- 22 year old Black female proletarian: “All the things being fair, with no evidence against him, how can they execute an innocent man.”
- 49 year old Black female proletarian: “I figured they were going to do that. The way the system is with the family looking to end this whole thing. They have the evidence to see that he is innocent, but they don’t want to use it.”
- 23 year old Black male proletarian: “They can change the laws however they best feel to be suited to the person who committed the crime based on race, nationality, and background.”
- Professor of religion, 40’s white man: “Shows perpetuation of long history of racial legal injustice, sadly not resolved in the 21st century.”
- Middle aged professional woman white: “Disappointed in GA. The belief based on innocent until proven guilty. With the witnesses recanting, the machinery is in place to see it thru even with the doubts. To satisfy the machinery they will execute whether guilty or not.”
- 48 years old, Black electronic student, male: “Seven out of nine no longer saying he did it. How can you say he should get the death penalty? Could be his race and victim is white.”
- 51 year old Black street vendor, male: “Believe he is innocent, obviously clear beyond a shadow of a doubt. I am not surprised this country and it’s double standard of politics of justice and injustice. The justice system is unjust to Black people.”
- 20 year old white psychology student, female: “It’s shameful, we can ignore the evidence in favor of perpetuation of the legal system that has the divine right in the face of all this.”
- 77 year old Black woman, retired Atlanta music teacher: “That is a shame, I am so disgusted right now. Lord, make us an instrument of thy peace. Thou shall not kill.”
- 50ish white Medicaid director, female: “It’s inhuman. I’ve been very sad about this all day.”
- Black man in his 70s: “It’s terrible. It’s not right, it’s a shame. They wouldn’t let him talk, that’s a reflection of snuffing justice out. It’s going to hurt America’s image nationwide.”
- 20 year old woman, Ethiopian architecture student: “I don’t believe in the death sentence, its more punishment to be in prison. Everybody I talked to is against it. They don’t have the evidence.”
Below are quotes from the demonstration:
- Black musician in his 50s: “Illogic everywhere is a threat to logic everywhere.”
- Black male DJ on local radio station WRFG: “Learn about the anti-terrorism effective death penalty act. They used this retroactively against Troy Davis.”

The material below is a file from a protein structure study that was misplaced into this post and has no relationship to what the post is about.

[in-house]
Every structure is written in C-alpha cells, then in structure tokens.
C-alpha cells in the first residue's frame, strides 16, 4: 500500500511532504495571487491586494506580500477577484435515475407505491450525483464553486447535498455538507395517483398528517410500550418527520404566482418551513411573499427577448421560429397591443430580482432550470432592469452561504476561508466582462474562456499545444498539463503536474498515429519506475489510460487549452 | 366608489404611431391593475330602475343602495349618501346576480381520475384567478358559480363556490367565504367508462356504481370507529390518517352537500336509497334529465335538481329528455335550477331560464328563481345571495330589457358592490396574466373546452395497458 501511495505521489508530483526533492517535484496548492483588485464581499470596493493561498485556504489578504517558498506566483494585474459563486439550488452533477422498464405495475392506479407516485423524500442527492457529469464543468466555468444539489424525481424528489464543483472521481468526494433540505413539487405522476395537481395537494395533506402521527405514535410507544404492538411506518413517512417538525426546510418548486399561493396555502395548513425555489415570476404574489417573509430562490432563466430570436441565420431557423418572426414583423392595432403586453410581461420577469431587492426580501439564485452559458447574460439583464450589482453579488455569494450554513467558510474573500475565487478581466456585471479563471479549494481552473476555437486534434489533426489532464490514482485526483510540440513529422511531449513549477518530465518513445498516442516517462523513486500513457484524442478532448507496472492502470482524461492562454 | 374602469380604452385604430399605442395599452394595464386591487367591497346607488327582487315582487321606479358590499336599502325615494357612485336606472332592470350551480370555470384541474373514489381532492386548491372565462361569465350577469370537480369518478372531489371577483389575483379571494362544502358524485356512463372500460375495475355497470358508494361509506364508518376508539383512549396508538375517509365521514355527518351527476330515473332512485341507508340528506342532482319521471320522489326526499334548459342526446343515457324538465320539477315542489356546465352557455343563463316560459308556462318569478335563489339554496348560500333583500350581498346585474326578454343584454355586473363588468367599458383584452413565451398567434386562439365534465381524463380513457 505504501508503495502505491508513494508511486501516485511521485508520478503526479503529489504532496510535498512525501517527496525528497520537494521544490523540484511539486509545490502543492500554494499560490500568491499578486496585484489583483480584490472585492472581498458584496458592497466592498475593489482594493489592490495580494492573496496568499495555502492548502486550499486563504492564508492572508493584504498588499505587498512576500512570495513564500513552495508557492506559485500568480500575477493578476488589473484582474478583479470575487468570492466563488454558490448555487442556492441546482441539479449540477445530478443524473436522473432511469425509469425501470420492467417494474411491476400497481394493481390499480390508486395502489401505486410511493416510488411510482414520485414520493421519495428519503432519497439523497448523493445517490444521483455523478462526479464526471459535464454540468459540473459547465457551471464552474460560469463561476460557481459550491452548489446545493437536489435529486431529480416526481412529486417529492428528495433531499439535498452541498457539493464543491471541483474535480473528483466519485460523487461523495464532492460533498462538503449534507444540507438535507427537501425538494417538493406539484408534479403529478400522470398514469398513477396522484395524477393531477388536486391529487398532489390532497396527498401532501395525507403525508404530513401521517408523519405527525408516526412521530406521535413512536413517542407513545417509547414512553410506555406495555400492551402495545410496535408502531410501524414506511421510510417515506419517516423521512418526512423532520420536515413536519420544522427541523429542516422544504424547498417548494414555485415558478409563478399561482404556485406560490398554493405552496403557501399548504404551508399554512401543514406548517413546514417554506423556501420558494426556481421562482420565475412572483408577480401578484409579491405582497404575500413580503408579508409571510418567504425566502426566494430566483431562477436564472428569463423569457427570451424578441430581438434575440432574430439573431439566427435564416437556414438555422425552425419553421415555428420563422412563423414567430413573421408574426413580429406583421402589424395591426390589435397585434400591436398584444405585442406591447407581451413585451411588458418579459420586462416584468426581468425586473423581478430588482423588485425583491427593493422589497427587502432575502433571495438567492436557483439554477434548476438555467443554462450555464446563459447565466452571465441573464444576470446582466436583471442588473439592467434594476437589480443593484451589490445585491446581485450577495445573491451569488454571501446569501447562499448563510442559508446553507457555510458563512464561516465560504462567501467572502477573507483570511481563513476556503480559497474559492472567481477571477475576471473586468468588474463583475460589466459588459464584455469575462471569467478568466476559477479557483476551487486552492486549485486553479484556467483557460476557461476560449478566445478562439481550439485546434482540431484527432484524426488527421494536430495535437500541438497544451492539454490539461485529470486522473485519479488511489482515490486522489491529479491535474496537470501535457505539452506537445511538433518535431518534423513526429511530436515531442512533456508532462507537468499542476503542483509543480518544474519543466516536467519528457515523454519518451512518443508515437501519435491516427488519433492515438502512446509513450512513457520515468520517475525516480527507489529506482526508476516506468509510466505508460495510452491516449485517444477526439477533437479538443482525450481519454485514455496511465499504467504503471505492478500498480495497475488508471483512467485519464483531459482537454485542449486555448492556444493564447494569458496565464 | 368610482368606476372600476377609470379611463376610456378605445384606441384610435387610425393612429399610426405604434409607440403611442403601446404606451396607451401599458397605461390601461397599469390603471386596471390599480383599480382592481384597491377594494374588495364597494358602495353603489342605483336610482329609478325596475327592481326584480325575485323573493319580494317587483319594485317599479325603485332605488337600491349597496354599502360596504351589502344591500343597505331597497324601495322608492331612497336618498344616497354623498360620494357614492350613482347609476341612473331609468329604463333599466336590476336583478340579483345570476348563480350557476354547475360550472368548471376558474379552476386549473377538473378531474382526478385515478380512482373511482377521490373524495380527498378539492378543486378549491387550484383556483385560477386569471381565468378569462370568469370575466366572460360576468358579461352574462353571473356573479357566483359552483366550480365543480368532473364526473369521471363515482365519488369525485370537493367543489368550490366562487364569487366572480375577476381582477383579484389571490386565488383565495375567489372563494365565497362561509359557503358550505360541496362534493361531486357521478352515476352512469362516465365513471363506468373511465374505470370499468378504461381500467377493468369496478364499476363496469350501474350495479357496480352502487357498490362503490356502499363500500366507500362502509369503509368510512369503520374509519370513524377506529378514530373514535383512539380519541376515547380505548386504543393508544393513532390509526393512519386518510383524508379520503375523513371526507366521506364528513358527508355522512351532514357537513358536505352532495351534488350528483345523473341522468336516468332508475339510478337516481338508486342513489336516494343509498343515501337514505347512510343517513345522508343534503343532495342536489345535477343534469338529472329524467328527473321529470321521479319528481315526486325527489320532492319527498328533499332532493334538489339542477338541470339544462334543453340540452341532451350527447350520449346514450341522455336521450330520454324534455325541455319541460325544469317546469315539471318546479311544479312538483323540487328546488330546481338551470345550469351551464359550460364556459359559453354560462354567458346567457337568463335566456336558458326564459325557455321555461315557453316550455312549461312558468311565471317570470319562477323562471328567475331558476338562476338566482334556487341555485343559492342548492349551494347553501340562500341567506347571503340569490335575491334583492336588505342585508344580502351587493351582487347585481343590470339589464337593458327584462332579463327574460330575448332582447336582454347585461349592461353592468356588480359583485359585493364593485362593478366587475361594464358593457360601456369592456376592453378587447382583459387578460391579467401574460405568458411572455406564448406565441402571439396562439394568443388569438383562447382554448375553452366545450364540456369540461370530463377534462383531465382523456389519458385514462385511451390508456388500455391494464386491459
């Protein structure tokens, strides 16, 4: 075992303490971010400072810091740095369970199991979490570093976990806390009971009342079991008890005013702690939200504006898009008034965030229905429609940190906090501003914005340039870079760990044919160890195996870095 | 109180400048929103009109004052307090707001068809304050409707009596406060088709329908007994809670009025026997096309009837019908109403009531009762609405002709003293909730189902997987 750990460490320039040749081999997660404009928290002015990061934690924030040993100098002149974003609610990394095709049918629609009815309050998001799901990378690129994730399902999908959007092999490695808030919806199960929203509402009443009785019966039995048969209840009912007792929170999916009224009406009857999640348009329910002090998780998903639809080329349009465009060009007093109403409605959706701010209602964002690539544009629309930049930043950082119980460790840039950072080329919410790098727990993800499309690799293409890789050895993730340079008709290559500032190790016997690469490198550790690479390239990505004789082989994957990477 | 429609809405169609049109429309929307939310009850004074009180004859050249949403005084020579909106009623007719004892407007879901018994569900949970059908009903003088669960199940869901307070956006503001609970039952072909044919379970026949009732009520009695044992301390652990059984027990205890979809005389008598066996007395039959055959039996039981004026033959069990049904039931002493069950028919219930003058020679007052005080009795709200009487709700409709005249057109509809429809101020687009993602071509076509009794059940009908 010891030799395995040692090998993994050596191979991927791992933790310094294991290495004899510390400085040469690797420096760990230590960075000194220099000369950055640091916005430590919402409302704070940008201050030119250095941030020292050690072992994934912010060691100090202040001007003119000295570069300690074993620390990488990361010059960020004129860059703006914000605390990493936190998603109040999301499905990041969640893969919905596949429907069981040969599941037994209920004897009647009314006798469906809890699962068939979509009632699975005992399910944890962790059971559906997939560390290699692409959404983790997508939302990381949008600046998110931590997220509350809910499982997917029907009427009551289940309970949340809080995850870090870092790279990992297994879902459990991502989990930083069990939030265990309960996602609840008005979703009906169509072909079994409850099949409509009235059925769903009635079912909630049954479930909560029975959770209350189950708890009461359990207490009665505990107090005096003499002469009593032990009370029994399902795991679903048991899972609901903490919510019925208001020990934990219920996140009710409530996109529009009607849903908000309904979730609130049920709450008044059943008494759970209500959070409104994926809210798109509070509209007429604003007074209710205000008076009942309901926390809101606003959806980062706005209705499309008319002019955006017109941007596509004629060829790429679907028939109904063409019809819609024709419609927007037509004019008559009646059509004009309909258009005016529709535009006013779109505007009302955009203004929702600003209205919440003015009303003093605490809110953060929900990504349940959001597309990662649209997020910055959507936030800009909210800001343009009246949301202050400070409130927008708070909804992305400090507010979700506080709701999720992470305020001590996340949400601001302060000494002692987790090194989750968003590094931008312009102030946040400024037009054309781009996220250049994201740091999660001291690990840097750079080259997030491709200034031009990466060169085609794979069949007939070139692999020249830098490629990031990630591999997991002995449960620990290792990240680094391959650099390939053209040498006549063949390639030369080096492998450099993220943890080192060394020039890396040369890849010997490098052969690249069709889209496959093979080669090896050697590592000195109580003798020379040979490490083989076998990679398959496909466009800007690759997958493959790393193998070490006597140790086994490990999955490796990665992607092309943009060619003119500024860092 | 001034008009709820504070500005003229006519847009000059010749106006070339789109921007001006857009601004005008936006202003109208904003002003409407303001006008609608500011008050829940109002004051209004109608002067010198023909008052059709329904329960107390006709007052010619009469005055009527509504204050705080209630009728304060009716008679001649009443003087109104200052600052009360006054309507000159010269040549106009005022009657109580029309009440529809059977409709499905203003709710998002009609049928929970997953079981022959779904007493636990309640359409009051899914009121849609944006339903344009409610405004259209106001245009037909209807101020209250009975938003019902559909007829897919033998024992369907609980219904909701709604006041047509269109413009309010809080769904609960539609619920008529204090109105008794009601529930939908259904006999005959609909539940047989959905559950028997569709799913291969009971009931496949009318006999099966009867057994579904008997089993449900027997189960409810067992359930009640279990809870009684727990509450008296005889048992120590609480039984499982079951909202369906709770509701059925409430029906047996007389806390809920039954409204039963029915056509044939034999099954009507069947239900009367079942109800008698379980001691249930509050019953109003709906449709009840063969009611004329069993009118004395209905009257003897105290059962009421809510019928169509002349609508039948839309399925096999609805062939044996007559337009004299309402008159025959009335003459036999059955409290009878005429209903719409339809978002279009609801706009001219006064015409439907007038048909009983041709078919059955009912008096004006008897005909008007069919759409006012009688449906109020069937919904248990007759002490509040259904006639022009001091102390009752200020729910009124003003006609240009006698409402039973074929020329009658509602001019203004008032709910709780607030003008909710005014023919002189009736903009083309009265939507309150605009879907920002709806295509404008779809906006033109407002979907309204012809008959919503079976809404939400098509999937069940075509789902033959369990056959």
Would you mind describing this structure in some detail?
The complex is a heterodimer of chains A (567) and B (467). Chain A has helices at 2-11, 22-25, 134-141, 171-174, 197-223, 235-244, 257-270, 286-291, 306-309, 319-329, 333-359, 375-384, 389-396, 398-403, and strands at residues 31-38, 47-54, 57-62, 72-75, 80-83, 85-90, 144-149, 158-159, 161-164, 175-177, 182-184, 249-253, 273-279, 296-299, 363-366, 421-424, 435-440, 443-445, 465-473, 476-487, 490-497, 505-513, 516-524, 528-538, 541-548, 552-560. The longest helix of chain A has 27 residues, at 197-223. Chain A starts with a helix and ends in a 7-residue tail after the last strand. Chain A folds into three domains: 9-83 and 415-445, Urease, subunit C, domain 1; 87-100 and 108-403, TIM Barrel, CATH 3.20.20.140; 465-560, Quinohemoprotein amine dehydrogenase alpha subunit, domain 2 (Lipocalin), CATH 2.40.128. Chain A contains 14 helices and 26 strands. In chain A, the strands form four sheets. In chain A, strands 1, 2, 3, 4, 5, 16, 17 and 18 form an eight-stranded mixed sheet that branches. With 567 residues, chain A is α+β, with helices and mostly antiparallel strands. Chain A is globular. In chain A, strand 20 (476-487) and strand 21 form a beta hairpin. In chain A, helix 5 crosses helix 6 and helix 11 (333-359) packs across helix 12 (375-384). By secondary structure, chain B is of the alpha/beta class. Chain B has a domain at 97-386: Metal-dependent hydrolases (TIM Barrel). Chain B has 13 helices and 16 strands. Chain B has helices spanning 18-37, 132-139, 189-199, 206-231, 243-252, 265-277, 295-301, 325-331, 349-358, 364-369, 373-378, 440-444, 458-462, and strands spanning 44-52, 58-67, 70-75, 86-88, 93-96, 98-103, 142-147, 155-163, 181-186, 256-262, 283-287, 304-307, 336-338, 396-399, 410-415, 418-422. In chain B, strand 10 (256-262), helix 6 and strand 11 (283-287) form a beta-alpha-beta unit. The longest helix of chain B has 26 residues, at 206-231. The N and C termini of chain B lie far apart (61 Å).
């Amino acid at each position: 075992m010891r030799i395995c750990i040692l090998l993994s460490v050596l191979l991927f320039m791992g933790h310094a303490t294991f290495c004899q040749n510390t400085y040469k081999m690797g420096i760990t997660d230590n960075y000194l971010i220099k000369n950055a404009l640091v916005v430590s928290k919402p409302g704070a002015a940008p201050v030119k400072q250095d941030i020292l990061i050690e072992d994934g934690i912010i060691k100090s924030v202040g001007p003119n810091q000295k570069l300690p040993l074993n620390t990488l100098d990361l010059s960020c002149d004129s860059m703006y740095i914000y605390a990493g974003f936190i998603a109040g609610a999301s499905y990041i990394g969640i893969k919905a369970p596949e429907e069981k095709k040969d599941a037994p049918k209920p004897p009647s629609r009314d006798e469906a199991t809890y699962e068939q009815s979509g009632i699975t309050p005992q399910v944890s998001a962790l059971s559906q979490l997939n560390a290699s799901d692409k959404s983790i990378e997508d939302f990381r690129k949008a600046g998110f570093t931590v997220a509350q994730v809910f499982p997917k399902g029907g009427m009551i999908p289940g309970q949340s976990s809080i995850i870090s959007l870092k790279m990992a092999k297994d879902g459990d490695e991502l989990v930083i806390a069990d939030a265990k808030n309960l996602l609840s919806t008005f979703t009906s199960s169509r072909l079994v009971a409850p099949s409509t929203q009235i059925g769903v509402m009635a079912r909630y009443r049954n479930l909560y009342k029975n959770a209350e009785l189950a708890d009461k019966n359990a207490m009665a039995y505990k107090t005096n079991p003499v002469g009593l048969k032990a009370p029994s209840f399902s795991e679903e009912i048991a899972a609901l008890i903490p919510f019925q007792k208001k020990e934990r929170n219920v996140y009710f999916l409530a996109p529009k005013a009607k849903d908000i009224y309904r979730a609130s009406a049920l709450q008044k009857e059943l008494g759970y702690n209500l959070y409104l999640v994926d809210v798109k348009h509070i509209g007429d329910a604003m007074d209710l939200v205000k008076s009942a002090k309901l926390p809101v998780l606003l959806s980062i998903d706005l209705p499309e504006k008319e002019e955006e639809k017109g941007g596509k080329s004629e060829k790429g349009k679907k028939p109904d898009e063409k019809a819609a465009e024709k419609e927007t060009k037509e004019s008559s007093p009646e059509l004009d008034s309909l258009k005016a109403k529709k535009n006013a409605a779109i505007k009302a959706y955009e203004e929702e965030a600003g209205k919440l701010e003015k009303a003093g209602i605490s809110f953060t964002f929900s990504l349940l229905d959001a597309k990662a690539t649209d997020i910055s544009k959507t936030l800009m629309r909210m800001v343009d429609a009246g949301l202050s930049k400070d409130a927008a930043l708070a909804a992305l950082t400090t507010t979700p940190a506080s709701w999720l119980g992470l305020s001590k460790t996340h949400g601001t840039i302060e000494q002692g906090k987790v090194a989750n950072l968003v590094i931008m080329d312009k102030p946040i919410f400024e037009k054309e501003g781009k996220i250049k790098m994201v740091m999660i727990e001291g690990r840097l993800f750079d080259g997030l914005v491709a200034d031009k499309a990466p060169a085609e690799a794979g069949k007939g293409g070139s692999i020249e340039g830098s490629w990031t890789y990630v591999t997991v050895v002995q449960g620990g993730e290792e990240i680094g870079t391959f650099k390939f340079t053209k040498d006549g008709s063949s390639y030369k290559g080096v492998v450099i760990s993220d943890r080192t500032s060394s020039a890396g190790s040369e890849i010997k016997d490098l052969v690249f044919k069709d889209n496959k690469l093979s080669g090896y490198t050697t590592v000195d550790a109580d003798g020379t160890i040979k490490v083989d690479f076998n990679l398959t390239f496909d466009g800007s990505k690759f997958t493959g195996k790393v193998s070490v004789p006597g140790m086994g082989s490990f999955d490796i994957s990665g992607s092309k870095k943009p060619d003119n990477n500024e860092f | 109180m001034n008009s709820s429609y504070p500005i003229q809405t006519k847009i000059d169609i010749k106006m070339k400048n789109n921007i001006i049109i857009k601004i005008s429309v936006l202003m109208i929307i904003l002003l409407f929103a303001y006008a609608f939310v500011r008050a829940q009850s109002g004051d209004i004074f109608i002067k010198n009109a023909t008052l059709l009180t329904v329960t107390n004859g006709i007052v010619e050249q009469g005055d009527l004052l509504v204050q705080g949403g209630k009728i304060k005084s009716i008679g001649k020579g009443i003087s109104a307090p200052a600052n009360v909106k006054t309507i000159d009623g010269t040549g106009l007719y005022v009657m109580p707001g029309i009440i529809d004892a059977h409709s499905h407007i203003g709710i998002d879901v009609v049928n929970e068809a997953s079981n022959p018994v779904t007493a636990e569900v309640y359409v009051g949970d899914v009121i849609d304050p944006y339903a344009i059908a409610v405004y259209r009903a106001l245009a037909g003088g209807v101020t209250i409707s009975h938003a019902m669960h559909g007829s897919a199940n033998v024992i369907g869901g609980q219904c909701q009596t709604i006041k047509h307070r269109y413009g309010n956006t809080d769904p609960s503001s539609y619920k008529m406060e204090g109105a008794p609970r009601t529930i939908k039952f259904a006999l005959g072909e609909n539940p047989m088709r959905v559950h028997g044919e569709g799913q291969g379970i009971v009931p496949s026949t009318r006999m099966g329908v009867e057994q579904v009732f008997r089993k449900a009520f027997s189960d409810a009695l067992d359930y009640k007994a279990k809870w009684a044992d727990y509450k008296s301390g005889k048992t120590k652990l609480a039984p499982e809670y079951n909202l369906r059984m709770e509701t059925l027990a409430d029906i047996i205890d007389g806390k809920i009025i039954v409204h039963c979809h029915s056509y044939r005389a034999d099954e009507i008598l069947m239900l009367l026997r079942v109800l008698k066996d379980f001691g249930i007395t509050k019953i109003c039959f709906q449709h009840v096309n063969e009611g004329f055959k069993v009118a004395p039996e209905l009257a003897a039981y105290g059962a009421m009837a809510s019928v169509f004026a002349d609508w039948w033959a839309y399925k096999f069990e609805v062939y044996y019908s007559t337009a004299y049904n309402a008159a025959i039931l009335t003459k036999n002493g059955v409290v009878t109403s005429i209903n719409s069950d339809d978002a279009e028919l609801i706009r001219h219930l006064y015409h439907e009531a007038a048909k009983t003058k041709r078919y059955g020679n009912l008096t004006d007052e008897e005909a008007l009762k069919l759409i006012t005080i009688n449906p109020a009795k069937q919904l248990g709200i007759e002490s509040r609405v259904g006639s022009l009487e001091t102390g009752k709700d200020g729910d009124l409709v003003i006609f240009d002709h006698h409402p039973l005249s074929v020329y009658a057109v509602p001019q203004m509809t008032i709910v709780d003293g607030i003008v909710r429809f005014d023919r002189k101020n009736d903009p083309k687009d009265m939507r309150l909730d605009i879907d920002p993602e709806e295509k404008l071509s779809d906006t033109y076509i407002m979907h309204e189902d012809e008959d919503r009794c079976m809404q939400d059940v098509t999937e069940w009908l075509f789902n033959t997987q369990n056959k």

- White male in his 20s, philosophy student: “Another victim of a system that is corrupt and not responsive to reason or evidence.”
- Black homeless woman: “It’s supposed to be always innocent until proven guilty but it doesn’t work that way if you’ve got a past.”
- Black woman on way home from office job: “I think the American Justice system is flawed all the way.”
- Black man in early 40’s who lived downtown: “You got doubt. All those witnesses that recanted, they never found the murder weapon, you don’t need to kill him. They should look at it. Something is wrong. The judicial system in our country has been wrong before and killed innocent men.”
- Middle aged Black woman, administrator in state job: “If there’s reasonable doubt there should be a stay. You can’t go back with a life and say ‘opps, I made a mistake’. Isn’t that our justice system?”
- Black professional, forensic psychologist who works for the justice system evaluating people who have been put in prison who are mentally ill, against the death penalty, thinks this will reflect very badly on the U.S. judicial system: “They haven’t considered all the evidence—or taken stronger consideration. Witnesses recanting should have been enough for a stay... It seems there is a rush—by executing him and getting it out of the way.”
- Man who is a cousin of Troy Davis: “I think it’s because, number one, its been almost 20 years he’s been in prison and, number two, they’d have to pay out for this injustice and admit they were wrong. That’s why they won’t do it [grant clemency].”